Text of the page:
Hustler Magazine, Inc. v. Falwell

485 U.S. 46 (1988)


An issue of Hustler Magazine featured a “parody” of an advertisement for Campari Liqueur that contained the name and picture of respondent Jerry Falwell and was entitled “Jerry Fawell talks about his first time.”  The parody was modeled after actual Campari ads that included interviews with various celebrities about their “first times” trying Campari, playing on the sexual double entendre of “first times.”  In the fake ad featuring Falwell, he states that his “first time” was during a drunken incestuous encounter with his mother in an outhouse.  Small print at the bottom of the ad and the magazine’s table of contents stated that the ad was a parody and not to be taken seriously.

Procedural History

After a trial, the district court granted a directed verdict for Hustler on Falwell’s invasion of privacy claim.  The jury found against Falwell on the libel claim, but ruled for him on the intentional infliction of emotional distress claim.  The Fourth Circuit affirmed the judgment against Hustler.


Does the First Amendment protect speech intended to inflict emotional distress on a public figure when that speech could not reasonably have been interpreted as stating actual facts about that public figure?

Holding / Rule

(Rehnquist) Yes.  Reversed.  A public figure may not recover for the tort of intentional infliction of emotional distress based on published speech without showing that the publication contains a false statement of fact made with “actual malice,” i.e., “knowledge that the statement was false or with reckless disregard as to whether or not it was true.”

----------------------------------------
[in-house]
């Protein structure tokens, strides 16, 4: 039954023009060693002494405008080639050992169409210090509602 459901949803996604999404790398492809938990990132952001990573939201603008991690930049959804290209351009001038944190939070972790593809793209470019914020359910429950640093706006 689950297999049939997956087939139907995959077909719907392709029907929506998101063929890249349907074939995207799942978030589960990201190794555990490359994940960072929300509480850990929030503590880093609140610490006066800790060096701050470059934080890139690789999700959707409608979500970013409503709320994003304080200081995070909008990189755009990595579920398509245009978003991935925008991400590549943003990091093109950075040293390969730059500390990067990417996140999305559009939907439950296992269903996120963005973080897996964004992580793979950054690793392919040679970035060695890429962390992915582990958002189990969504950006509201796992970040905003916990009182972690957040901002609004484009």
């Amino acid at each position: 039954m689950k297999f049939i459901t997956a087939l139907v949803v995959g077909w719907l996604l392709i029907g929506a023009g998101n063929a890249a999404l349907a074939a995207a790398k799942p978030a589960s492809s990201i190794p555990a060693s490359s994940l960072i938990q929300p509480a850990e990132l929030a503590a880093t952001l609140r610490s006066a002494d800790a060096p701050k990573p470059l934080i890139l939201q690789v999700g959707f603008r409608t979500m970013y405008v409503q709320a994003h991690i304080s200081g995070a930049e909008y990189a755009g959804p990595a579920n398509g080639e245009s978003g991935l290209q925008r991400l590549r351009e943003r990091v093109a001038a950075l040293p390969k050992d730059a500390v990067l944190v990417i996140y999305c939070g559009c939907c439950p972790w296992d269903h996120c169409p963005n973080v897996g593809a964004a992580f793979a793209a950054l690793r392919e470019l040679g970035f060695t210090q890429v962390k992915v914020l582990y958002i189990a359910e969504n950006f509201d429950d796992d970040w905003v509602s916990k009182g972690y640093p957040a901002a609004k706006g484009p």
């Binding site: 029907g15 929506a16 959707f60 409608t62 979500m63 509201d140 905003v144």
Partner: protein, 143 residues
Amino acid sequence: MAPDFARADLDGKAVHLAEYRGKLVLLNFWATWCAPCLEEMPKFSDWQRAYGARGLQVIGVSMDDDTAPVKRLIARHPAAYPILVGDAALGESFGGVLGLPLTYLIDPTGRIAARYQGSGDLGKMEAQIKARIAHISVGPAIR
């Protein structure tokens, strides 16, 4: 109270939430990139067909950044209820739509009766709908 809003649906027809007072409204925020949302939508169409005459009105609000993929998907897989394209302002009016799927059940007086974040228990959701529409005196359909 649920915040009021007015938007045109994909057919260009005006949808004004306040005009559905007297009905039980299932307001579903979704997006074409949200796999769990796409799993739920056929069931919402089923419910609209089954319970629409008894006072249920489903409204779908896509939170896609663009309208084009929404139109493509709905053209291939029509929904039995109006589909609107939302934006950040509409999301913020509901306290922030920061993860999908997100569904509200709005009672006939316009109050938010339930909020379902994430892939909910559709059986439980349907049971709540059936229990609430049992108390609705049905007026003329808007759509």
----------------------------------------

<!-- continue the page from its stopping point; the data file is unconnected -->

The First Amendment is especially protective of speech on matters of public interest and concern—“the best test of truth is the power of the thought to get itself accepted in the competition of the market.”  Robust political debate is bound to produce speech critical of public figures.  New York Times Co. v. Sullivan established that a public figure may hold a speaker liable for damage to reputation caused by publication of a defamatory falsehood only if the statement was made “with knowledge that it was false or with reckless disregard of whether it was false or not.”  False statements of fact are valueless, but inevitable in free debate, so a strict liability rule would have an unwanted chilling effect.  The standard should be no different for claims of intentional infliction of emotional distress—to hold otherwise using a subjective standard like “outrageousness” would chill the speech of political cartoonists and satirists, which has historically played a prominent role in public and political debate.  The “actual malice” standard gives “adequate ‘breathing space’ to the freedoms protected by the First Amendment.” The Court accepted the jury’s finding that the ad here could not reasonably be understood as describing actual facts about Falwell.

White concurred in the judgment, stating that New York Times Co. v. Sullivan had little to do with this case since the jury found that the ad contained no assertion of fact.

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